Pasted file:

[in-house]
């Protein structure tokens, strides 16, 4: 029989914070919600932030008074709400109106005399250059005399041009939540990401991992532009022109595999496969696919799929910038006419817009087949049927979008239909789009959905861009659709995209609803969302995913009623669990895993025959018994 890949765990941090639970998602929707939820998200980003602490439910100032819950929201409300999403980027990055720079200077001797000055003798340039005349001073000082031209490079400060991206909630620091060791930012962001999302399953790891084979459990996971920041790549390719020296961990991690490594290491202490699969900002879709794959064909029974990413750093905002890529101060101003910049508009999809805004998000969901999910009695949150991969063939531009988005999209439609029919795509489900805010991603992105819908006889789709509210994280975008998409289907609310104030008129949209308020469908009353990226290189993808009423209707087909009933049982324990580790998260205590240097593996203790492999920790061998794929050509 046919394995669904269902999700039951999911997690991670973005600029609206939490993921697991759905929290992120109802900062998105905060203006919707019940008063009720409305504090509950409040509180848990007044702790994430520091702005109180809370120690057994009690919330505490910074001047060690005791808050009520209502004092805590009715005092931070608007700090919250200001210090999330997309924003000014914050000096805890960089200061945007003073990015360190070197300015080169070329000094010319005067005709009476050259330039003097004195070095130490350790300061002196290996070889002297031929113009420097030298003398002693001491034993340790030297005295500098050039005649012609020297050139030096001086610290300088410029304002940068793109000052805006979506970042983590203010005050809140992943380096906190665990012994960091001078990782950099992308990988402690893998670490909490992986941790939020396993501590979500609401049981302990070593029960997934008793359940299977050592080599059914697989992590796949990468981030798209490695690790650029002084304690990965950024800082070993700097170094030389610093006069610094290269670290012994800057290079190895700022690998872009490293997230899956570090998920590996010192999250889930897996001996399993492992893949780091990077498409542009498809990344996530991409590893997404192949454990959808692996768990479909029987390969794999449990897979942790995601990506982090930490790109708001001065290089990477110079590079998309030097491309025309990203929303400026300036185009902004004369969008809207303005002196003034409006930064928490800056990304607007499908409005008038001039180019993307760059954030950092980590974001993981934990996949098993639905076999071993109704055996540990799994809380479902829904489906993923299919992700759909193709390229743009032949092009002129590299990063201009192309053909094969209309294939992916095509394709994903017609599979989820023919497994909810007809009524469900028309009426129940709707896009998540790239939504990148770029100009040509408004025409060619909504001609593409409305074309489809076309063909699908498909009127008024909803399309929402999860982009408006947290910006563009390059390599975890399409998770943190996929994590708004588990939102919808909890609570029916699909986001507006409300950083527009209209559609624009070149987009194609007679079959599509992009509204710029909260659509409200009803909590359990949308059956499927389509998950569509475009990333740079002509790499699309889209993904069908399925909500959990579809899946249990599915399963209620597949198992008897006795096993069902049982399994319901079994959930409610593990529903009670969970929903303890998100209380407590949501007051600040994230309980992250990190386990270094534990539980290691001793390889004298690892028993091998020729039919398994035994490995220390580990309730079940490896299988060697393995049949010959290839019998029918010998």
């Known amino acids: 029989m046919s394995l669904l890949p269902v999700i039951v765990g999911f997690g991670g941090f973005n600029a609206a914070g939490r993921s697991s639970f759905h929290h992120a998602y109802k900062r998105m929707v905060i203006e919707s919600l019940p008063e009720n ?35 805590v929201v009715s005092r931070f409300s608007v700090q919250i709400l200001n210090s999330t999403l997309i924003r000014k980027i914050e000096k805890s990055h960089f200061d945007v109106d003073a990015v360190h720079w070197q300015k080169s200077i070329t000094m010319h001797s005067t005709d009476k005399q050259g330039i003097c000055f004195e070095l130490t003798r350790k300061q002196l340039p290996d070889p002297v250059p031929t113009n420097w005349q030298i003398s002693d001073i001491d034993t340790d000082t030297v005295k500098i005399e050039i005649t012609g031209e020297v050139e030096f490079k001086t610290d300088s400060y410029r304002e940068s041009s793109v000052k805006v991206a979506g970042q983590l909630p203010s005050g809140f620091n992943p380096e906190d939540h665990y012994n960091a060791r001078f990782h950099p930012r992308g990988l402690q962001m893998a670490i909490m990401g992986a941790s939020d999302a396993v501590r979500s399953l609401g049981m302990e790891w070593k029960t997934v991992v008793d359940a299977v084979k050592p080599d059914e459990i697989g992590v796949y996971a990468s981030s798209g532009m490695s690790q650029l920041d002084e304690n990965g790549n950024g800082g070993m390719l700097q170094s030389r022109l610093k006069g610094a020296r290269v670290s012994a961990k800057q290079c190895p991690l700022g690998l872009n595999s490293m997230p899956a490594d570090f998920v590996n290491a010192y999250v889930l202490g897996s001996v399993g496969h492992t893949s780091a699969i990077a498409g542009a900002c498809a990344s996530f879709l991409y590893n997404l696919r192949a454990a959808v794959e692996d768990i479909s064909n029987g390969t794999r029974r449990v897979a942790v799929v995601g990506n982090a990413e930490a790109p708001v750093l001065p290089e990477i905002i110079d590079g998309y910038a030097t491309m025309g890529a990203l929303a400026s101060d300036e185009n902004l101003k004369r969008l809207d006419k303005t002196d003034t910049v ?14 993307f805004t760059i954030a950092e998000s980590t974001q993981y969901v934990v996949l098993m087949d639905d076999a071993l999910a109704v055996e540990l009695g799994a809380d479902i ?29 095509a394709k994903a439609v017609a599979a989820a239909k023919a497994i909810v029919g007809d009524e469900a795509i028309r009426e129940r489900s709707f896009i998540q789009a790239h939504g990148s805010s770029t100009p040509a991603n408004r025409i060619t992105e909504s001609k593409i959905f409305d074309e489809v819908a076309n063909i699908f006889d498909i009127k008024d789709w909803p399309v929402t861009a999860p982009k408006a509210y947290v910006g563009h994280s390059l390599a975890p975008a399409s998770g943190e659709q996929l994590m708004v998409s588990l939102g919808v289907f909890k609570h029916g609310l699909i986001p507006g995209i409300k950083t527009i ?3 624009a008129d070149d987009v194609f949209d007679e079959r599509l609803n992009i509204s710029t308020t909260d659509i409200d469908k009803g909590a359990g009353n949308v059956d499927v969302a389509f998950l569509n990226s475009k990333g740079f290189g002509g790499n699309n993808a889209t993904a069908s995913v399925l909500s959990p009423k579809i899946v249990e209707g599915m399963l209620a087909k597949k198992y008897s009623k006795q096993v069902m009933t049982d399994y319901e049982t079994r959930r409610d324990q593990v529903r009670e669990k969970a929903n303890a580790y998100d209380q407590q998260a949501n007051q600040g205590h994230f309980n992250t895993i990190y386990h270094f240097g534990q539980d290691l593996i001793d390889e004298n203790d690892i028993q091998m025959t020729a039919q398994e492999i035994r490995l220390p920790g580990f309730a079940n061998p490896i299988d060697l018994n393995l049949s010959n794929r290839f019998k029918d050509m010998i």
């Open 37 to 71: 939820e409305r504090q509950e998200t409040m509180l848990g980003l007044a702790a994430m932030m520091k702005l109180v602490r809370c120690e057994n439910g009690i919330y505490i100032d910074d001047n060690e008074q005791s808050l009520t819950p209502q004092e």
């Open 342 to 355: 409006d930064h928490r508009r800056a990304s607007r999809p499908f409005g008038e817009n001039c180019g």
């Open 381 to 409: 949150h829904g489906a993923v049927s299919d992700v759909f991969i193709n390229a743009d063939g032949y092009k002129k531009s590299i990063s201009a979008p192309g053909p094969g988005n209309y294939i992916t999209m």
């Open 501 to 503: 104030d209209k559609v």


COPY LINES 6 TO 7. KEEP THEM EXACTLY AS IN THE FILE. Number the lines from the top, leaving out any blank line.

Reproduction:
């Open 381 to 409: 949150h829904g489906a993923v049927s299919d992700v759909f991969i193709n390229a743009d063939g032949y092009k002129k531009s590299i990063s201009a979008p192309g053909p094969g988005n209309y294939i992916t999209m």
């Open 501 to 503: 104030d209209k559609v």